The Bittern Edition 5

The Bittern Edition 6

June 2013

None of us will forget in a hurry the long period of bitterly cold northeasterly winds in March and early April – unpleasant for us, but unsurprisingly it had a more serious effect on our birdlife

The Bittern Edition 6

The Bittern Edition 7

September 2013

We’ve all followed the saga in recent years of the pair of Little Bitterns at Ham Wall, and this year it was made all the more possible to enjoy it by the RSPB taking the decision to release the news of the birds’ return during the breeding season. This attracted birders from far and wide, and while the decision to publicise the birds initially attracted some negative comment, it seems the presence of so many well- behaved observers has acted as an extra volunteer wardening presence, to the benefit of the birds.

The Bittern Edition 7

The Bittern Edition 8

December 2013

Julian Thomas looks back at recent developments in the course of this controversial scheme Back in June this year, the House of Commons’ Energy and Climate Change Committee reported that the plans for a £25bn barrage across the Severn Estuary from Brean Down to Lavernock Point in South Wales have ‘yet to provide robust and independently verified evidence of the economic, environmental and technological viability of the project’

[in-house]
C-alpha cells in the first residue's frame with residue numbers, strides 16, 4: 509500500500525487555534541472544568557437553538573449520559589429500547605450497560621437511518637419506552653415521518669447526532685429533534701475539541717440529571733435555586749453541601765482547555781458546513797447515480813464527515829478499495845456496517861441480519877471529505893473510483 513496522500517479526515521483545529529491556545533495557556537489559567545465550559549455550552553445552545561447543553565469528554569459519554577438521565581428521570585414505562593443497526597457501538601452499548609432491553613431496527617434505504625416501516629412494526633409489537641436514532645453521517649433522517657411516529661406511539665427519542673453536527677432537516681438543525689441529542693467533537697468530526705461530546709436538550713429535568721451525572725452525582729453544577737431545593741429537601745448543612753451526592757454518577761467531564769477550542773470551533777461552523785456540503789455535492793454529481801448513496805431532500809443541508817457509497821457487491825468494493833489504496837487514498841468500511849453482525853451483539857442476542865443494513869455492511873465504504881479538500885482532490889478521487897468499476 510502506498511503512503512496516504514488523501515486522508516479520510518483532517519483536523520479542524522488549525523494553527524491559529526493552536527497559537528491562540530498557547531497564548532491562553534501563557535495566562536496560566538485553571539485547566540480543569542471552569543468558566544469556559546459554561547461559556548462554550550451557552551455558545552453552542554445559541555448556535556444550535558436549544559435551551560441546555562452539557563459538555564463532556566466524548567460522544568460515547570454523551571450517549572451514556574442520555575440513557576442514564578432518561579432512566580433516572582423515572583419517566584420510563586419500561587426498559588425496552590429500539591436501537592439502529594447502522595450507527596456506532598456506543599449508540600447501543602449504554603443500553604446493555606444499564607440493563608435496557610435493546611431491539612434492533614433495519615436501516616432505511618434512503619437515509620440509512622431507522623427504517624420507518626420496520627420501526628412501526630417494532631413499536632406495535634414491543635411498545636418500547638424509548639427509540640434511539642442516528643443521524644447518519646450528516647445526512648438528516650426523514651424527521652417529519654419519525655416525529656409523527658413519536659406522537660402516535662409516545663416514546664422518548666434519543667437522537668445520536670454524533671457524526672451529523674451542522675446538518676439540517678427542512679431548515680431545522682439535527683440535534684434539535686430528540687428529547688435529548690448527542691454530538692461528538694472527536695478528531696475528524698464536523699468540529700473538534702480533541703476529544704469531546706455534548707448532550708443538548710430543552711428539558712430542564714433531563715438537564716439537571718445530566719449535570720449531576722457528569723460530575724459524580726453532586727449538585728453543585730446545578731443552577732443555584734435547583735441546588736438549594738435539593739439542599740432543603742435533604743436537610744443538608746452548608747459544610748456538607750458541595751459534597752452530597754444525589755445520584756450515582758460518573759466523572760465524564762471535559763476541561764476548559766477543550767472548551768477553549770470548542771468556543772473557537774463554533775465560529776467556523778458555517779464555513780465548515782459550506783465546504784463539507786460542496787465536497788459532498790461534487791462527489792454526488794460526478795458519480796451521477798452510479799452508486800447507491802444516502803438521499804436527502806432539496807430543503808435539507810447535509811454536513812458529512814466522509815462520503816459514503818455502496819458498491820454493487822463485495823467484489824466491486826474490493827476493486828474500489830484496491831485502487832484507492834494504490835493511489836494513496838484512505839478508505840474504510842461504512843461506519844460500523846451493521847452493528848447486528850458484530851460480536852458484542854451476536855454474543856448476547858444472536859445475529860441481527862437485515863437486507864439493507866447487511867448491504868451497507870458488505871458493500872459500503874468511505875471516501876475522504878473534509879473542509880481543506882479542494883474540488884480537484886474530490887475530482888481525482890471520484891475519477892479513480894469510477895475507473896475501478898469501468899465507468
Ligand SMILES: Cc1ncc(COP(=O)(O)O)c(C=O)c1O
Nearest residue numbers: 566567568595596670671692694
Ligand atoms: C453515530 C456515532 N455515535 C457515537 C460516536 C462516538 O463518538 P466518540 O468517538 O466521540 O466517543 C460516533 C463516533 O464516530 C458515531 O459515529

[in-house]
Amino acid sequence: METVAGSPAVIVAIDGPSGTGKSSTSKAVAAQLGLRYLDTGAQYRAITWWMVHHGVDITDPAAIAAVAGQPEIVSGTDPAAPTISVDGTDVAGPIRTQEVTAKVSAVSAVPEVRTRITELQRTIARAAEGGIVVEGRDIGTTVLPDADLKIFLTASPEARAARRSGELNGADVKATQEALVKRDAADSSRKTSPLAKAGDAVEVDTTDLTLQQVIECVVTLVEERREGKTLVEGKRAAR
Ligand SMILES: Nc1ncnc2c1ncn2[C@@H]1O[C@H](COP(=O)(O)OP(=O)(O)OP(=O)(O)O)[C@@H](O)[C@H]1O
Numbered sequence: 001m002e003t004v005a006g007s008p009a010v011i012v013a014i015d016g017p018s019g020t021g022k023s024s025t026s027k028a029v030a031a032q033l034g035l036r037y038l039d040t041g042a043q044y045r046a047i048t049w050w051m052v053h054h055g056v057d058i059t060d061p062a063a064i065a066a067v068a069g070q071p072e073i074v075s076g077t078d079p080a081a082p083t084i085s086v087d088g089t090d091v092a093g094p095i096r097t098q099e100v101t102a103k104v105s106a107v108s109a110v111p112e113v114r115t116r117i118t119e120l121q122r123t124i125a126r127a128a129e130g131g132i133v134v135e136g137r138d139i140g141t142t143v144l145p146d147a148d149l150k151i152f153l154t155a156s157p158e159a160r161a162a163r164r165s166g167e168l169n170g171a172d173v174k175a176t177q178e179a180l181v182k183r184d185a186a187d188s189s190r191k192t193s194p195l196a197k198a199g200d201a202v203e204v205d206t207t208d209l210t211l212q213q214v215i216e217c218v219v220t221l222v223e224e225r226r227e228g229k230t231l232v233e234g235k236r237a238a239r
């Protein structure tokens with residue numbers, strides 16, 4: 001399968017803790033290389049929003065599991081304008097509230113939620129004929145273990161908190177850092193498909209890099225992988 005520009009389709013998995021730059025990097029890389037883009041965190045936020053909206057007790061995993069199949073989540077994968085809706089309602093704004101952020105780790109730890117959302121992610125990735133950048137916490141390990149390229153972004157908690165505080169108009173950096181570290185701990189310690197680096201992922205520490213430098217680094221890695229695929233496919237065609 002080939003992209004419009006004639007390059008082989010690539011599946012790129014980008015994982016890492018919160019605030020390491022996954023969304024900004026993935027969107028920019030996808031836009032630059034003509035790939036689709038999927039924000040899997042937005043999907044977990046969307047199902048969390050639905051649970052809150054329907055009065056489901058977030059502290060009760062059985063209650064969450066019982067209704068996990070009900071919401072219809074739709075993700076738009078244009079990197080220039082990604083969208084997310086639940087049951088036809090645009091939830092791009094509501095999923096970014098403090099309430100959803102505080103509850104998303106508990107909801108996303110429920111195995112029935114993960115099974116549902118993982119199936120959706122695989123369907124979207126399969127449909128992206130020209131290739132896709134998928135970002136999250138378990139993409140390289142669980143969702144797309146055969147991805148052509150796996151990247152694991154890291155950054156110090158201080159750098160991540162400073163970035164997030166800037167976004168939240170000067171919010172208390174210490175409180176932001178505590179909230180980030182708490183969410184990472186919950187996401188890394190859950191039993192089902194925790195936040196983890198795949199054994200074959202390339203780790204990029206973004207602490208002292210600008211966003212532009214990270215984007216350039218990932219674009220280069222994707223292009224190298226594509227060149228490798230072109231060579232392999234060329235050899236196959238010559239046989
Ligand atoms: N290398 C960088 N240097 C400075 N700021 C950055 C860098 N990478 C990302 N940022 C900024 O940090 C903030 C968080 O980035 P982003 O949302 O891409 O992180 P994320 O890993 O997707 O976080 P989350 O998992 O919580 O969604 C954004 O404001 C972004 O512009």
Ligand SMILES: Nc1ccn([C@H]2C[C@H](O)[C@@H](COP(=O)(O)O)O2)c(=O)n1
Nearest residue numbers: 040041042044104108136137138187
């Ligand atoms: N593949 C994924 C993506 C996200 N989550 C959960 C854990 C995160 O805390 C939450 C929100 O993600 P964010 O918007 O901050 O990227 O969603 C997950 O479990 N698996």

The Bittern Edition 8

The Bittern Edition 9

March 2014

Roger Dickey introduces himself and sets out his vision for the future It may sound a little strange, and they may be the sentiments of one or two others, but I was rather saddened when Brian Hill asked me to take over from him as President of the Somerset Ornithological Society. I have always thought that Brian has done a superb job at the helm. His knowledge of Somerset birds and, as importantly, those that take an interest in them, is deeply entrenched and on many occasions, when I have been on the Committee and off, I have listened to his wise judgment and witnessed levels of tact to which I yet aspire. I look forward to more of the same from his new position as Vice President.

The Bittern Edition 9

The Bittern Edition 10

June 2014